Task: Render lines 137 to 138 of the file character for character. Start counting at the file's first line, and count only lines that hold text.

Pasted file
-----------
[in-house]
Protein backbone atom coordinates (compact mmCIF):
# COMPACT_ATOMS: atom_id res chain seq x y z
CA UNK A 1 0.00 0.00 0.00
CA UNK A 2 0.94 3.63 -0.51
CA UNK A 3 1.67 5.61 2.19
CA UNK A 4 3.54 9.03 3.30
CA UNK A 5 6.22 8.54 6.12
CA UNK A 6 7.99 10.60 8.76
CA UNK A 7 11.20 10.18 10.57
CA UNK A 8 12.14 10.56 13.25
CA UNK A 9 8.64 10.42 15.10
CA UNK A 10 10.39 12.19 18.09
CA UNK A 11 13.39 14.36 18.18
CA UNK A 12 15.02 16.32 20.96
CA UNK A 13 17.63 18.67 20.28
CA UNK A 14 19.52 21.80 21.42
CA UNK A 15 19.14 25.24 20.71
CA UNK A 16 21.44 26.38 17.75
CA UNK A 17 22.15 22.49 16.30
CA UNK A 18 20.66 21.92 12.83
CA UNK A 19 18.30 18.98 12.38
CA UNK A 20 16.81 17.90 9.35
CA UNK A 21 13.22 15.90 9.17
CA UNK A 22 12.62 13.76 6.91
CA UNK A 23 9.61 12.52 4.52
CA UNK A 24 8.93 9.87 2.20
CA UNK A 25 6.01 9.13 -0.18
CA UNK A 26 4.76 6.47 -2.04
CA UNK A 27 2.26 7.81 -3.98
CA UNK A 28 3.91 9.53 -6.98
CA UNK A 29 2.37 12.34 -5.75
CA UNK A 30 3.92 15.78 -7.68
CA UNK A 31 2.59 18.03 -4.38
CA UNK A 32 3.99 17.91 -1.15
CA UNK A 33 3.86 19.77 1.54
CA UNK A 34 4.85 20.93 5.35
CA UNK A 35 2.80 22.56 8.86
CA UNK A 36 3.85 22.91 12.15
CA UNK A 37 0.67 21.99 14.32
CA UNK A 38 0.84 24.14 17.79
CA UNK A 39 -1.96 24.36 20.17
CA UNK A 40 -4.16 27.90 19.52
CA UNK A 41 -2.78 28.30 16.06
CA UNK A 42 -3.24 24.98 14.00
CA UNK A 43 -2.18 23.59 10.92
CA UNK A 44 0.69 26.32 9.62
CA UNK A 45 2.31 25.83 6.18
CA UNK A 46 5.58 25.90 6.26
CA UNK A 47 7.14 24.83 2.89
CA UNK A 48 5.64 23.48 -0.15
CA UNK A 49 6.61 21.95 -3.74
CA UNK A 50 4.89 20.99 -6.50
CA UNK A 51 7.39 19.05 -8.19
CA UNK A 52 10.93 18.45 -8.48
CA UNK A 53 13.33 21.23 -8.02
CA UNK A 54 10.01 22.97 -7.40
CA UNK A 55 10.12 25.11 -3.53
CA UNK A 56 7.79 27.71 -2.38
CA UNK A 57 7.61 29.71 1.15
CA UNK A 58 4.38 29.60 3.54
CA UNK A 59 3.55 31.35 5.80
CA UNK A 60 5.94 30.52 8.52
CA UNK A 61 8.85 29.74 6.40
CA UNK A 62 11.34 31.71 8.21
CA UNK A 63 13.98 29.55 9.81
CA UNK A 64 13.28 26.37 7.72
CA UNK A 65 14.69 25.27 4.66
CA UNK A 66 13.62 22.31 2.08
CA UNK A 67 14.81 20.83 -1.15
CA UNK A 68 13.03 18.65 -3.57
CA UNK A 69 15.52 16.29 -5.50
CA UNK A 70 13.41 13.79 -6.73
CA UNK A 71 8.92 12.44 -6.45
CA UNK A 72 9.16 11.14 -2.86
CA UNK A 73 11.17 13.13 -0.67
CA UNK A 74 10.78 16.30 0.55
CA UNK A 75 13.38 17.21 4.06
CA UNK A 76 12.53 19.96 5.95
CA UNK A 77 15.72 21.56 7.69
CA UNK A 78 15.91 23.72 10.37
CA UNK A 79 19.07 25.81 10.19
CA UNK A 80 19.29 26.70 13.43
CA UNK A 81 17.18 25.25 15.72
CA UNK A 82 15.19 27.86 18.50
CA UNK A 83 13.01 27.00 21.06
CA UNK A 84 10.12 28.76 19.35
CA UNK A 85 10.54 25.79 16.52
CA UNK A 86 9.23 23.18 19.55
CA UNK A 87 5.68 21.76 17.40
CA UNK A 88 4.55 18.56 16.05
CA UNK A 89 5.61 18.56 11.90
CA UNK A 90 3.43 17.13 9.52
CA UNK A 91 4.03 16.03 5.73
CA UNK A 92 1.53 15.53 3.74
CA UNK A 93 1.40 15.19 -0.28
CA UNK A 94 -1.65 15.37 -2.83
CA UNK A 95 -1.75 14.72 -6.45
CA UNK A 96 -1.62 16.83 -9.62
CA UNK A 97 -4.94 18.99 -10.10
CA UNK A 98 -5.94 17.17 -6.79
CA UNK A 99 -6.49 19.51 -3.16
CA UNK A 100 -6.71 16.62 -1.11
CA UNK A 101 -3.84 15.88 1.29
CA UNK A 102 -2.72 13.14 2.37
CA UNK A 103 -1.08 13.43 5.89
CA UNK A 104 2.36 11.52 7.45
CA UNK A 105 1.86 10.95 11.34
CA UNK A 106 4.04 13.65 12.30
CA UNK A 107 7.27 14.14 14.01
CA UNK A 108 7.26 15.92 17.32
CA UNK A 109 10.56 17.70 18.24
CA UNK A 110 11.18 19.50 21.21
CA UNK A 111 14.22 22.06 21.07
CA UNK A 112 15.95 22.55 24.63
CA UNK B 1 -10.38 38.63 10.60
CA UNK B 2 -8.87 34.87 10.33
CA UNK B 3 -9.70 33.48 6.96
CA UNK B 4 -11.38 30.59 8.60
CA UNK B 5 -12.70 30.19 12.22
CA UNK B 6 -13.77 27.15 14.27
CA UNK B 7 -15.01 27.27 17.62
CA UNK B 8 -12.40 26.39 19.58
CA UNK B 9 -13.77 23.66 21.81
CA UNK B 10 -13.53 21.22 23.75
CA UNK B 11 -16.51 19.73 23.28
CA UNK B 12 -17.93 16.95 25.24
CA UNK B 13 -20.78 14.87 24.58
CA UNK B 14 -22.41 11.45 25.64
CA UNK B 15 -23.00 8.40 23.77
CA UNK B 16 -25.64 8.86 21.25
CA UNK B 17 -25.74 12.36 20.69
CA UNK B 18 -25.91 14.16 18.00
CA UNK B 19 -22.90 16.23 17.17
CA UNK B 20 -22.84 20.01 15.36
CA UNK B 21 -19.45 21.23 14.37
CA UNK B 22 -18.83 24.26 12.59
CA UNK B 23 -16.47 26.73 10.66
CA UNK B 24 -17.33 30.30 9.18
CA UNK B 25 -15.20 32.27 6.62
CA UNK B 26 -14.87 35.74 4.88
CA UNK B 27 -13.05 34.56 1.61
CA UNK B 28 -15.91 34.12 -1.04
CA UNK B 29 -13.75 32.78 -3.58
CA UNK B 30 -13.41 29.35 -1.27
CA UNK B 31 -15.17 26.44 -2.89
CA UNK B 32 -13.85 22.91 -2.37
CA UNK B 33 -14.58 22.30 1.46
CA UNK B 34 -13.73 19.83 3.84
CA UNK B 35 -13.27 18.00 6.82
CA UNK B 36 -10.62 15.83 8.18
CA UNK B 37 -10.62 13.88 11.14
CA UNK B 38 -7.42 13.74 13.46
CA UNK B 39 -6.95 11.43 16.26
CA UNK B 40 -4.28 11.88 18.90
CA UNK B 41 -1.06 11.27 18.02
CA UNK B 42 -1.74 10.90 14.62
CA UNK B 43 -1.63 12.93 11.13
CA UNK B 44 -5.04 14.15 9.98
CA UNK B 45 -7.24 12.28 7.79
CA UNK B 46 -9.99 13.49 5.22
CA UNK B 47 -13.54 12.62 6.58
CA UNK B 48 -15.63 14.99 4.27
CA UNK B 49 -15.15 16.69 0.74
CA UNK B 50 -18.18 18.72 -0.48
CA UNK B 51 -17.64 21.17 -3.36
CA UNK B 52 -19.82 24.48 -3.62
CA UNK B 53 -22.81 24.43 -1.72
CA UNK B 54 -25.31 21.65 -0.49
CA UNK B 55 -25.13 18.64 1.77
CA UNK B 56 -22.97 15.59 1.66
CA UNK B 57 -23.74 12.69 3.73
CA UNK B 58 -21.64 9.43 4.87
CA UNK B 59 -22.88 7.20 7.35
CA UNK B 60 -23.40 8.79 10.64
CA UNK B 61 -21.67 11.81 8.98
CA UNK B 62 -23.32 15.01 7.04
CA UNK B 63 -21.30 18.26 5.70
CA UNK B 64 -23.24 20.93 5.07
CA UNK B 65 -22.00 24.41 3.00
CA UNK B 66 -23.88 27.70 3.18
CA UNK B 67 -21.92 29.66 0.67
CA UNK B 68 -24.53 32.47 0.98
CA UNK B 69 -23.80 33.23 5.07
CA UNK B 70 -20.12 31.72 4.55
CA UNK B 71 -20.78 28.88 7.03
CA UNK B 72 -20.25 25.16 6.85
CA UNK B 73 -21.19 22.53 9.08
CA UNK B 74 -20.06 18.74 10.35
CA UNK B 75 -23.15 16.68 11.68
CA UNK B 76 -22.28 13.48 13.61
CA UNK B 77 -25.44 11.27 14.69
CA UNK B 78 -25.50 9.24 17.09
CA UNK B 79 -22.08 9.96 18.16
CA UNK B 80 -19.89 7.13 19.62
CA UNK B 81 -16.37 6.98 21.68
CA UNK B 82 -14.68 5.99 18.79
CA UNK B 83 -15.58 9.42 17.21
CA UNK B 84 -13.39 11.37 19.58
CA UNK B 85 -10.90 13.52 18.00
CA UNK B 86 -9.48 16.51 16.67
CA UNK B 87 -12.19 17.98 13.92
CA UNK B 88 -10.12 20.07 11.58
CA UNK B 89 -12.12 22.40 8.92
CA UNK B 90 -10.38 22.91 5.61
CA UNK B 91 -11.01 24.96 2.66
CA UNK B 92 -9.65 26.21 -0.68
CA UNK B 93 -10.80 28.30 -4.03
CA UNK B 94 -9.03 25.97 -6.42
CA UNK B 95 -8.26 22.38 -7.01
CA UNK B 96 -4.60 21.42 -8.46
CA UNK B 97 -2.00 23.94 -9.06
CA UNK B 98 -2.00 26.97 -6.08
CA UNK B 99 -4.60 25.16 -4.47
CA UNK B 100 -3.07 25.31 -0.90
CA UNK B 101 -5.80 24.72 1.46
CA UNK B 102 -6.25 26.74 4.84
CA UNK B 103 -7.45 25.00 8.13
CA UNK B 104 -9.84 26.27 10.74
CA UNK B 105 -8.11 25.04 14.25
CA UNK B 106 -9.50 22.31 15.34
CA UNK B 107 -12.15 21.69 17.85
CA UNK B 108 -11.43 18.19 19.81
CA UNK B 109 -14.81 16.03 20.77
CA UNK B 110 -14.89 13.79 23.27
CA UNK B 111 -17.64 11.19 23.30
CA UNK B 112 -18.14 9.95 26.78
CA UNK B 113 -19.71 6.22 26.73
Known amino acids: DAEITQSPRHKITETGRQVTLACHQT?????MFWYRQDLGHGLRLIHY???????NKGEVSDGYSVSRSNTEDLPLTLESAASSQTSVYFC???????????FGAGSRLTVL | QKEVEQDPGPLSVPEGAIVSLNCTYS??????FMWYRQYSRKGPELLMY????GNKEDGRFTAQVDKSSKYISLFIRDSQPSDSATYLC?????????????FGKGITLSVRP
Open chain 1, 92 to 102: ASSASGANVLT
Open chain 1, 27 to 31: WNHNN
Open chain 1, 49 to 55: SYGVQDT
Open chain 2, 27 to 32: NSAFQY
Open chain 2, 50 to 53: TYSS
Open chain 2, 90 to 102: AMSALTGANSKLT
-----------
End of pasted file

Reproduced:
CA UNK B 22 -18.83 24.26 12.59
CA UNK B 23 -16.47 26.73 10.66